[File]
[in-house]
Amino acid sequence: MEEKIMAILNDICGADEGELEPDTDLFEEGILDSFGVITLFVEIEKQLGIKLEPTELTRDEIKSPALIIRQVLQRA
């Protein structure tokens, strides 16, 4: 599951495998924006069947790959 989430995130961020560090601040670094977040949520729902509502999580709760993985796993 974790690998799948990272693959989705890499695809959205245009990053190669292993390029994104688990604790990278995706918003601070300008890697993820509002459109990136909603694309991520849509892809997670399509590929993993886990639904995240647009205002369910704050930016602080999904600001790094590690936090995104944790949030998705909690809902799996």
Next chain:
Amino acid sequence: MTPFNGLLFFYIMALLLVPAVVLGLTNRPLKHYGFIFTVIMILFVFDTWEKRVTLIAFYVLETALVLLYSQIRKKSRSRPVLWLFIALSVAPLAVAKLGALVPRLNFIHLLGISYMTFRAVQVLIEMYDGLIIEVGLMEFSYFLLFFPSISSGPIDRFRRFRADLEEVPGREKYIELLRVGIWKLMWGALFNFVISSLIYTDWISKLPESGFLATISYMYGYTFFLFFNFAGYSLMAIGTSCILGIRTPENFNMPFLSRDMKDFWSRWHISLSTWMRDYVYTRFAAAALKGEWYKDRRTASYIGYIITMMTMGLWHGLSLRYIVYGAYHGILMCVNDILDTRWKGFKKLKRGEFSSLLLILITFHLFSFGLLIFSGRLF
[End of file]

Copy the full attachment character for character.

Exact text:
[in-house]
Amino acid sequence: MEEKIMAILNDICGADEGELEPDTDLFEEGILDSFGVITLFVEIEKQLGIKLEPTELTRDEIKSPALIIRQVLQRA
């Protein structure tokens, strides 16, 4: 599951495998924006069947790959 989430995130961020560090601040670094977040949520729902509502999580709760993985796993 974790690998799948990272693959989705890499695809959205245009990053190669292993390029994104688990604790990278995706918003601070300008890697993820509002459109990136909603694309991520849509892809997670399509590929993993886990639904995240647009205002369910704050930016602080999904600001790094590690936090995104944790949030998705909690809902799996």
Next chain:
Amino acid sequence: MTPFNGLLFFYIMALLLVPAVVLGLTNRPLKHYGFIFTVIMILFVFDTWEKRVTLIAFYVLETALVLLYSQIRKKSRSRPVLWLFIALSVAPLAVAKLGALVPRLNFIHLLGISYMTFRAVQVLIEMYDGLIIEVGLMEFSYFLLFFPSISSGPIDRFRRFRADLEEVPGREKYIELLRVGIWKLMWGALFNFVISSLIYTDWISKLPESGFLATISYMYGYTFFLFFNFAGYSLMAIGTSCILGIRTPENFNMPFLSRDMKDFWSRWHISLSTWMRDYVYTRFAAAALKGEWYKDRRTASYIGYIITMMTMGLWHGLSLRYIVYGAYHGILMCVNDILDTRWKGFKKLKRGEFSSLLLILITFHLFSFGLLIFSGRLF